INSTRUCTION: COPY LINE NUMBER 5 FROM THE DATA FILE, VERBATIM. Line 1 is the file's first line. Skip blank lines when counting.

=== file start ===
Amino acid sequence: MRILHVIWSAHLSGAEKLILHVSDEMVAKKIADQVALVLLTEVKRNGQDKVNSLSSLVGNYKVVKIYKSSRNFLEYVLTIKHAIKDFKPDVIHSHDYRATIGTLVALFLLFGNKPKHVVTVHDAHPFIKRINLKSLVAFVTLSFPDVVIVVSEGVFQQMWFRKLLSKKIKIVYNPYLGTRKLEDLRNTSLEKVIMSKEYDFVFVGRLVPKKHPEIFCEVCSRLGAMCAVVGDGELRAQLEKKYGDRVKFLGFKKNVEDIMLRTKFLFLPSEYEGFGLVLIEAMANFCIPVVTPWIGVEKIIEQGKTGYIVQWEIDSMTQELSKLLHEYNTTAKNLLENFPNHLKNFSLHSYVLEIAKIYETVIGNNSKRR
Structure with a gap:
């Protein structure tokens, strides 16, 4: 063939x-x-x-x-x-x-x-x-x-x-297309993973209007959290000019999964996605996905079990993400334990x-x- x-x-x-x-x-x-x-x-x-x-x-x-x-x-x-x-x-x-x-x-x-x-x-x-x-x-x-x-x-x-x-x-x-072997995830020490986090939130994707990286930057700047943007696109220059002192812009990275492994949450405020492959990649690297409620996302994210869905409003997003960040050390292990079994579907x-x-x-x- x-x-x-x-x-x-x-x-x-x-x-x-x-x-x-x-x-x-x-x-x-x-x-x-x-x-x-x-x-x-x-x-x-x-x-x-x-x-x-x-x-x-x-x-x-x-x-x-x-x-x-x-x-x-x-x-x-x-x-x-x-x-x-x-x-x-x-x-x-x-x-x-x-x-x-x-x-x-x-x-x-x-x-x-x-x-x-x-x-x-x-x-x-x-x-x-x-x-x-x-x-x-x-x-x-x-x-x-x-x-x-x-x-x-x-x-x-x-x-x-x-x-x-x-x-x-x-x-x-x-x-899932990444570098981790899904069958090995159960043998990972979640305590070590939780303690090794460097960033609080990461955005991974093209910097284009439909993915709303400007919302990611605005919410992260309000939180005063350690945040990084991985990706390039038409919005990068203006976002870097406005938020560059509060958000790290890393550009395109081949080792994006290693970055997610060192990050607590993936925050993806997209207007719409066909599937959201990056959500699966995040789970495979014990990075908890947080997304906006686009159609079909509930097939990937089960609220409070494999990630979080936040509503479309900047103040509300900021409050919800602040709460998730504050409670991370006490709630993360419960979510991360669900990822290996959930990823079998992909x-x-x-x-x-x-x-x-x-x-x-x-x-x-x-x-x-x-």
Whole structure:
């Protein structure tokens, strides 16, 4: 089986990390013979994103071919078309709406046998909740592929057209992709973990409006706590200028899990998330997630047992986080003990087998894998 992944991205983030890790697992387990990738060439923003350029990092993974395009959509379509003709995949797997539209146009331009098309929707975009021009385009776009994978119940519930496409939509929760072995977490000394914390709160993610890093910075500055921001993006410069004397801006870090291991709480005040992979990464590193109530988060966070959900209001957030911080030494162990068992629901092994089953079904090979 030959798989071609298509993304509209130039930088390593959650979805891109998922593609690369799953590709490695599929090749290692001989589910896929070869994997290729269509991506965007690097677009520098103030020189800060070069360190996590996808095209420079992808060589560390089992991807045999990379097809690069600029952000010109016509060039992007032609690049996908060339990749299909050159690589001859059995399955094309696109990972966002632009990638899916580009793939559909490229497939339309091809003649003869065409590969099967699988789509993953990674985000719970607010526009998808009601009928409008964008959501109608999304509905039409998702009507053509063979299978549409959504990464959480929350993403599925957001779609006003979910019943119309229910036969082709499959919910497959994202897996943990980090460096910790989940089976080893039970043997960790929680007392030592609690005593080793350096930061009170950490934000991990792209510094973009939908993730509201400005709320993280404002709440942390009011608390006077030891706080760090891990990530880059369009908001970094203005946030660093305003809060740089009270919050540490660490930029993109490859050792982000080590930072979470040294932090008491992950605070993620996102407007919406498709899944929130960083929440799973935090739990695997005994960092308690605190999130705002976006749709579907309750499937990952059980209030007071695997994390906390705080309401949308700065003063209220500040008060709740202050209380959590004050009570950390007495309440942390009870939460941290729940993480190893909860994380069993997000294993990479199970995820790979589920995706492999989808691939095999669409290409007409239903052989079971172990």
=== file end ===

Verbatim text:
């Protein structure tokens, strides 16, 4: 089986990390013979994103071919078309709406046998909740592929057209992709973990409006706590200028899990998330997630047992986080003990087998894998 992944991205983030890790697992387990990738060439923003350029990092993974395009959509379509003709995949797997539209146009331009098309929707975009021009385009776009994978119940519930496409939509929760072995977490000394914390709160993610890093910075500055921001993006410069004397801006870090291991709480005040992979990464590193109530988060966070959900209001957030911080030494162990068992629901092994089953079904090979 030959798989071609298509993304509209130039930088390593959650979805891109998922593609690369799953590709490695599929090749290692001989589910896929070869994997290729269509991506965007690097677009520098103030020189800060070069360190996590996808095209420079992808060589560390089992991807045999990379097809690069600029952000010109016509060039992007032609690049996908060339990749299909050159690589001859059995399955094309696109990972966002632009990638899916580009793939559909490229497939339309091809003649003869065409590969099967699988789509993953990674985000719970607010526009998808009601009928409008964008959501109608999304509905039409998702009507053509063979299978549409959504990464959480929350993403599925957001779609006003979910019943119309229910036969082709499959919910497959994202897996943990980090460096910790989940089976080893039970043997960790929680007392030592609690005593080793350096930061009170950490934000991990792209510094973009939908993730509201400005709320993280404002709440942390009011608390006077030891706080760090891990990530880059369009908001970094203005946030660093305003809060740089009270919050540490660490930029993109490859050792982000080590930072979470040294932090008491992950605070993620996102407007919406498709899944929130960083929440799973935090739990695997005994960092308690605190999130705002976006749709579907309750499937990952059980209030007071695997994390906390705080309401949308700065003063209220500040008060709740202050209380959590004050009570950390007495309440942390009870939460941290729940993480190893909860994380069993997000294993990479199970995820790979589920995706492999989808691939095999669409290409007409239903052989079971172990």